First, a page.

Title: These Nameless Things
Author: Shawn Smucker
Major Themes: Adult Books, Allegories, Fantasy
Synopsis: Though Dan has helped many people escaping from the mountain, he still hasn’t seen the one he’s been waiting for, and time is running out.
Sometimes, I read books and have a hard time categorizing them in my mind—These Nameless Things was one of those. I’ve been following the author for several years now, and appreciated what I’ve seen him share online, but never had a chance to read any of his books—until now. This time, I got to join his launch team, and I was thankful for the chance to read this book, as well as interact a little with others who were enjoying the story! And what a story—I’ve never read one quite like it, but I feel like I’ll be chewing over this one for a good while to come!
One thing you may wish to know: This story is apparently quite heavily influenced by Dante’s Inferno, which I would be interested in reading since I’ve read this. Obviously, since I haven’t read the book, I can’t comment on those inferences here—but I wouldn’t be surprised if that would add more depth to this book.
Dan has lived near the head of the village for many years. And though he’s helped hundreds, if not thousands, of people who escaped from the mountain, he’s only ever looked for one—the one who hasn’t come. Now, things are changing. Time seems to be running out. When his life begins to fly to pieces, will he be able to figure out what’s happened in the past—for his own healing and for the others around him? When he does find out some of what happened, can he find forgiveness? And will he be able to get to his brother before it’s too late?
These Nameless Things is a beautiful allegory in many ways, wrapped up in a strange-feeling tale. There’s a lot of hidden things in this story, mysteries that aren’t really explained but somehow still understood in their own right. The rules in this world don’t make sense—and yet, oddly enough, they do. But the allegory…I love the sense of redemption that flows throughout the book. Often it’s hidden behind grief and pain, but this book has hope embedded in its pages. It’s quite likely one of the deepest fictional stories I’ve read this year—whether it was intended to have depth or not!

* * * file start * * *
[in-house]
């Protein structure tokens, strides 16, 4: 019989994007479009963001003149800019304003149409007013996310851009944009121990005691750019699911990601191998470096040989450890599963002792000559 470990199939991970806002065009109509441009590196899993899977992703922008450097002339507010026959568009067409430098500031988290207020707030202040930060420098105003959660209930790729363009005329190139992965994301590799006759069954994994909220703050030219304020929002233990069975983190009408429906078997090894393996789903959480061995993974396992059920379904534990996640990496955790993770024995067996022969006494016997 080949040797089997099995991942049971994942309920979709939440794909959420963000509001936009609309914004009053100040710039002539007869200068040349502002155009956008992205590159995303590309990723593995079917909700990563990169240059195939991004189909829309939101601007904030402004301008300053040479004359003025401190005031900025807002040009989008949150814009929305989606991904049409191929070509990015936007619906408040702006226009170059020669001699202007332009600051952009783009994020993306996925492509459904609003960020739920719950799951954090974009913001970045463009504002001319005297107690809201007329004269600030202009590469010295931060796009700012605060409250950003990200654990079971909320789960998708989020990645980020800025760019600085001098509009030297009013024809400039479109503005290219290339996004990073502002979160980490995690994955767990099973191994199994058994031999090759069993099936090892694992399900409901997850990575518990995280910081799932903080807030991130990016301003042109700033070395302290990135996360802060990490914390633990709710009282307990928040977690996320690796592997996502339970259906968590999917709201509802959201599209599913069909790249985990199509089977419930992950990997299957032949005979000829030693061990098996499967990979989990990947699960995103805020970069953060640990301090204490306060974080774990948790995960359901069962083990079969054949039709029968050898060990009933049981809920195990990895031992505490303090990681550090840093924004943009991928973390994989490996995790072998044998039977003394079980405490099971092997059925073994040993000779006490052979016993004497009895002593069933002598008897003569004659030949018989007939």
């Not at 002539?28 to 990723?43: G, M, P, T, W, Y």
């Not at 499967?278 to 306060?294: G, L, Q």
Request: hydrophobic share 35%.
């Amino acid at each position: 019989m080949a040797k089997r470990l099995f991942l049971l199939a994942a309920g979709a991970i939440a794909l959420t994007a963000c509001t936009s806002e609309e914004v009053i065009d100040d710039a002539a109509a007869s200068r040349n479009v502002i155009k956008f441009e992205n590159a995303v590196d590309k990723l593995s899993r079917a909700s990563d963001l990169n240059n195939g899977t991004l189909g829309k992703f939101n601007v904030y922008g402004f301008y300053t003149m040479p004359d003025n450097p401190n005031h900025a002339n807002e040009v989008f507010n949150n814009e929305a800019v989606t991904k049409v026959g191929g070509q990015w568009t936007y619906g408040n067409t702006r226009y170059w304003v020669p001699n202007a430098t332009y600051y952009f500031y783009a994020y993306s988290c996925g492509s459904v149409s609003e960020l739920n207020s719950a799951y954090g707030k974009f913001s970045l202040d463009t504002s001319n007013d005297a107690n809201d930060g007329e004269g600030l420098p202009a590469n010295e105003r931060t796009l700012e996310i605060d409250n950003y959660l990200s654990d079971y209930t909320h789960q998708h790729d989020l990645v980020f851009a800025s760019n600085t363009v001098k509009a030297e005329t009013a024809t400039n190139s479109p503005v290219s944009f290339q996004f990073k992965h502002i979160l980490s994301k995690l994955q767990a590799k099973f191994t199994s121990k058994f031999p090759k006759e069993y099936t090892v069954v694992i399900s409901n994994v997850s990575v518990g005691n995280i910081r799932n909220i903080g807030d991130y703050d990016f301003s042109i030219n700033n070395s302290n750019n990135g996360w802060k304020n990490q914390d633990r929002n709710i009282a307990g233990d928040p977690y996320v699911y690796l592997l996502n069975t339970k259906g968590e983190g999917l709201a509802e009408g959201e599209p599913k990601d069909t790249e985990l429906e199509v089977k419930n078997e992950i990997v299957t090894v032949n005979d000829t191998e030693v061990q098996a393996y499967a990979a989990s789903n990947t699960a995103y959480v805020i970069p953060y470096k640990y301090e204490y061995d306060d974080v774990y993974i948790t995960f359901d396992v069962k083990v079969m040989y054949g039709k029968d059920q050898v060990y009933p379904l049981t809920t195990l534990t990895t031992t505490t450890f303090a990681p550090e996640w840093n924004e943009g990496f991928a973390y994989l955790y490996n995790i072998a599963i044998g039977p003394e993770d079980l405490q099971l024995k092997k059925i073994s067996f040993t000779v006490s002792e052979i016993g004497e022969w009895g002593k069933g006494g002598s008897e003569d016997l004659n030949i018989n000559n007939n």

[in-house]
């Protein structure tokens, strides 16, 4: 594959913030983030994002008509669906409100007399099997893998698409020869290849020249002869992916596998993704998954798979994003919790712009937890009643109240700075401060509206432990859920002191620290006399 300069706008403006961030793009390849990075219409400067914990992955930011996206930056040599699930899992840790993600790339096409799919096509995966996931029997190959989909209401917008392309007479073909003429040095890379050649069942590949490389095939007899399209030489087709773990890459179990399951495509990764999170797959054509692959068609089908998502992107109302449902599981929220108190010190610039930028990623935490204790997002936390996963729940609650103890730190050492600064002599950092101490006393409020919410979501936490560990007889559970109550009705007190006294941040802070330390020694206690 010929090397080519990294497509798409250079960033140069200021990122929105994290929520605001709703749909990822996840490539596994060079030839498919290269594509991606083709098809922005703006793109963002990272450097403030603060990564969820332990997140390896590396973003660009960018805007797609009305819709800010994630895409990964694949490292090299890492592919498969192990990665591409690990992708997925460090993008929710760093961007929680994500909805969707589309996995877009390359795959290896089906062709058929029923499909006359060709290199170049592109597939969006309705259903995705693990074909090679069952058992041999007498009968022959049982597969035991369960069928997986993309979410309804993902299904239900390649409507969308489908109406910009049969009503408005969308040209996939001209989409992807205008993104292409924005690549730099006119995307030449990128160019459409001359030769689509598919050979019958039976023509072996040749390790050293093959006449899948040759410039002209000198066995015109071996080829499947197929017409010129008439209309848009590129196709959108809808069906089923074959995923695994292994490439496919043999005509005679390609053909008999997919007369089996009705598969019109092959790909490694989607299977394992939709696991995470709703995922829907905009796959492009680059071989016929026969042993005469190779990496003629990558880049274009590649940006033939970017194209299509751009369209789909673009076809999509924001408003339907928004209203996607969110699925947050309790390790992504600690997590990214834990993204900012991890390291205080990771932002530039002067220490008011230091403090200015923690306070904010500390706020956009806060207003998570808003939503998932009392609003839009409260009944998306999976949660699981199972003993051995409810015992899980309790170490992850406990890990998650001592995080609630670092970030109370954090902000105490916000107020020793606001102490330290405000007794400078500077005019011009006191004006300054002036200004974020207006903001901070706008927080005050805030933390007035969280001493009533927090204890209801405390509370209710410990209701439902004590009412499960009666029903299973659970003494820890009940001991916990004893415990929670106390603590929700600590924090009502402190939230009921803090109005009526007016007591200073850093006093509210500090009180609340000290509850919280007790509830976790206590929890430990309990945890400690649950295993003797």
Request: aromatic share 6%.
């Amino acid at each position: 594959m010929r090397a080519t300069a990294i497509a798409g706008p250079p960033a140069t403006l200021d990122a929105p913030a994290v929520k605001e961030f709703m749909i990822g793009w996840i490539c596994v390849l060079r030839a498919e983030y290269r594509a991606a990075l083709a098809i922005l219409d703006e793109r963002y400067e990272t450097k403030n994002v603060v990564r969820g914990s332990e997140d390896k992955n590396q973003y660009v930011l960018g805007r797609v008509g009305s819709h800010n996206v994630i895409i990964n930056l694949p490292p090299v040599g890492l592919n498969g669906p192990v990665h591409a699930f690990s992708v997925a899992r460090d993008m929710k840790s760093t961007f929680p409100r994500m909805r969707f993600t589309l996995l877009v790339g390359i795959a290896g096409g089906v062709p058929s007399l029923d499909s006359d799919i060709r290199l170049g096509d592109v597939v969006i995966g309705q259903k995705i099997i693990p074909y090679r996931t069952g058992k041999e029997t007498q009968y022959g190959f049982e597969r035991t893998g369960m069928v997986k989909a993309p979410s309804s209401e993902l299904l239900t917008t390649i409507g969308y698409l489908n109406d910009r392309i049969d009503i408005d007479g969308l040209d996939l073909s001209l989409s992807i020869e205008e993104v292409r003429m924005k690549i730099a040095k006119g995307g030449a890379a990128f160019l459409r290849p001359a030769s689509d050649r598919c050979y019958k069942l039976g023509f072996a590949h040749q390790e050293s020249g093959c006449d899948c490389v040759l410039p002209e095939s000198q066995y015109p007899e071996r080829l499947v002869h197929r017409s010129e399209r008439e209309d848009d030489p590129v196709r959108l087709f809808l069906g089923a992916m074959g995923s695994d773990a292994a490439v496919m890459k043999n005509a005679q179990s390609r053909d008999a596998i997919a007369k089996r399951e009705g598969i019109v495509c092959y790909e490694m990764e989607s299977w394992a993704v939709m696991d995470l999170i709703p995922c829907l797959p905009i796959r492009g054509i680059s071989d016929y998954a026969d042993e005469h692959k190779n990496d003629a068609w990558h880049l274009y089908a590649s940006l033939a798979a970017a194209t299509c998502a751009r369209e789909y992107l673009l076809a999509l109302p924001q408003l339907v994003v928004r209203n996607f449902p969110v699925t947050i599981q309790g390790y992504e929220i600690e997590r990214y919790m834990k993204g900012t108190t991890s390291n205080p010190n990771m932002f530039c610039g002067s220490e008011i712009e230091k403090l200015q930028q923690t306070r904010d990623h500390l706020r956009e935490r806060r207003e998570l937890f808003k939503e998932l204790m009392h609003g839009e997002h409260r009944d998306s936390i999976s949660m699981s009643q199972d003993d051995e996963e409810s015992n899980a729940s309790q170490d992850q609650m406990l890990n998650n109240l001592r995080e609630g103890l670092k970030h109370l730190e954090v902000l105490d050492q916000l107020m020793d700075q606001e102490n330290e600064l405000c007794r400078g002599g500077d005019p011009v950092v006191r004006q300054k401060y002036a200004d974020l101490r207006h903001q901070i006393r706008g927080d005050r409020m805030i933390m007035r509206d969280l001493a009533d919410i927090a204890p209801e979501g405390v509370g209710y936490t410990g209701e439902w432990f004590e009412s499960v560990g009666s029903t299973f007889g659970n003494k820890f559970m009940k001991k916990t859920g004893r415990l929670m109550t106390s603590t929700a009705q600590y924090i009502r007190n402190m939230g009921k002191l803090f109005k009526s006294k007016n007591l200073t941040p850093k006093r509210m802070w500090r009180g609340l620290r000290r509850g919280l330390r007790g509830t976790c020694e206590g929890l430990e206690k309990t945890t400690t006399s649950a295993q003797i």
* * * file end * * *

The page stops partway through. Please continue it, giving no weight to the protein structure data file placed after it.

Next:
But like I said, it is something of a weird story. The weather seems to be determined partly by the people’s emotions, but even moreso by what the antagonist is doing. There’s no explanation for how people got from the “before” to the “here”—but in this case, that doesn’t matter, because they have to find redemption in the now. And it isn’t easy. That tug—the wanting to set things straight but the realization of the near impossibility of the task—was fascinating to watch.
In all, if you like books that make you think and fantasy that has a few broken rules but a very solid story world, check These Nameless Things out. You likely won’t be disappointed. In many ways, I’d consider it a masterpiece.
I requested a free review copy of this book, and this is my honest opinion of it.
WARNING: This book is an adult read. Nothing overly sensual or violent happens, but the way it’s written is more for adults.
If you want specifics, here they are: There is lying throughout the book. In ch. 1, there is talk of people getting tattoos, an unmarried couple holding hands, and a story of someone who almost drowned. In ch. 2, a woman who escaped is discovered, naked and needing help. In ch. 4, there is a mention of a woman who tried to move in on a man. In ch. 5 a man remembers something about the details surrounding his birth. An unmarried couple hold hands in ch. 7. A man curses in ch. 8 and a woman confesses she wanted to kill someone. In ch. 10 an unmarried couple kiss and the phrase “God-forsaken” is used. In ch. 11, there is talk about a rape, lots of lying, and a woman touches and kisses a man. The word “cursed” is used in ch. 12, and a woman recounts seeing a plane crash, killing her baby. In ch. 13, someone tells a story about someone who was drunk and “hell on earth” is used. In ch. 14, a woman tells about her experiences working for an ambulance and seeing a lot of people who had died, as well as some bad injuries. In ch. 15, houses catch on fire, and a woman touches a man to convince him to do something. In ch. 19, a man remembers sitting beside a woman when she was in bed and kissing her, remembers seeing his brother drunk and forcing him to fly anyway. Someone dies in ch. 20. In ch. 22, a man is found, half-naked and tormented, and a girl drowns—a pretty awful setting. A man lies about seeing someone in ch. 23 and the word “sworn” is used. A man wonders at someone else’s scars in ch. 24, wondering if it was from abusers, and a woman tries to choke someone. In ch. 25, people fight, there’s a story about someone who died, “sworn” is used again, and there’s lying about the girl who drowned. A man is badly hurt in ch. 30.